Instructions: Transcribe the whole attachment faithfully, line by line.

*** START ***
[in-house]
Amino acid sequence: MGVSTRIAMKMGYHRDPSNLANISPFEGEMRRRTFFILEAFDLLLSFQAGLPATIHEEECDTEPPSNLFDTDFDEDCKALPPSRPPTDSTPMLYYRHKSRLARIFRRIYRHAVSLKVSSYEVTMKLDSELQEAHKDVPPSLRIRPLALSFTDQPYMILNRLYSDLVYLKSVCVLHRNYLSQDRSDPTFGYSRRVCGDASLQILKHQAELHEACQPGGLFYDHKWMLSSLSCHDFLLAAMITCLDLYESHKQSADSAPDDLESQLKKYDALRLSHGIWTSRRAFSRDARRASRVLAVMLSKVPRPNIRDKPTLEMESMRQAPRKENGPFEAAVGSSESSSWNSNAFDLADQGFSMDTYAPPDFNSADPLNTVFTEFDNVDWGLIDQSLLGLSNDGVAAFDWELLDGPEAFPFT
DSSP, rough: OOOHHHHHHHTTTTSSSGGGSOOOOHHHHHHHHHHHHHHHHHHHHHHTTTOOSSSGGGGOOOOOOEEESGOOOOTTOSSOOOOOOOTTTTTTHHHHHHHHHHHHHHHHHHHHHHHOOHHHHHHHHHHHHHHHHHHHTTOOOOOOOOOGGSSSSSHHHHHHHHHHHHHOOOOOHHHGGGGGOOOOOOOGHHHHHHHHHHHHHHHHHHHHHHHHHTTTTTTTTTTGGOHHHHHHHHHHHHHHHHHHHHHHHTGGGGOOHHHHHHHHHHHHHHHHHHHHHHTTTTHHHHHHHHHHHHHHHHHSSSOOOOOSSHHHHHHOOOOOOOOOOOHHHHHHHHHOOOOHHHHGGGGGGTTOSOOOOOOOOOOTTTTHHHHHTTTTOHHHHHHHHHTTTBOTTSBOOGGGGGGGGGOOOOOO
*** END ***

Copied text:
[in-house]
Amino acid sequence: MGVSTRIAMKMGYHRDPSNLANISPFEGEMRRRTFFILEAFDLLLSFQAGLPATIHEEECDTEPPSNLFDTDFDEDCKALPPSRPPTDSTPMLYYRHKSRLARIFRRIYRHAVSLKVSSYEVTMKLDSELQEAHKDVPPSLRIRPLALSFTDQPYMILNRLYSDLVYLKSVCVLHRNYLSQDRSDPTFGYSRRVCGDASLQILKHQAELHEACQPGGLFYDHKWMLSSLSCHDFLLAAMITCLDLYESHKQSADSAPDDLESQLKKYDALRLSHGIWTSRRAFSRDARRASRVLAVMLSKVPRPNIRDKPTLEMESMRQAPRKENGPFEAAVGSSESSSWNSNAFDLADQGFSMDTYAPPDFNSADPLNTVFTEFDNVDWGLIDQSLLGLSNDGVAAFDWELLDGPEAFPFT
DSSP, rough: OOOHHHHHHHTTTTSSSGGGSOOOOHHHHHHHHHHHHHHHHHHHHHHTTTOOSSSGGGGOOOOOOEEESGOOOOTTOSSOOOOOOOTTTTTTHHHHHHHHHHHHHHHHHHHHHHHOOHHHHHHHHHHHHHHHHHHHTTOOOOOOOOOGGSSSSSHHHHHHHHHHHHHOOOOOHHHGGGGGOOOOOOOGHHHHHHHHHHHHHHHHHHHHHHHHHTTTTTTTTTTGGOHHHHHHHHHHHHHHHHHHHHHHHTGGGGOOHHHHHHHHHHHHHHHHHHHHHHTTTTHHHHHHHHHHHHHHHHHSSSOOOOOSSHHHHHHOOOOOOOOOOOHHHHHHHHHOOOOHHHHGGGGGGTTOSOOOOOOOOOOTTTTHHHHHTTTTOHHHHHHHHHTTTBOTTSBOOGGGGGGGGGOOOOOO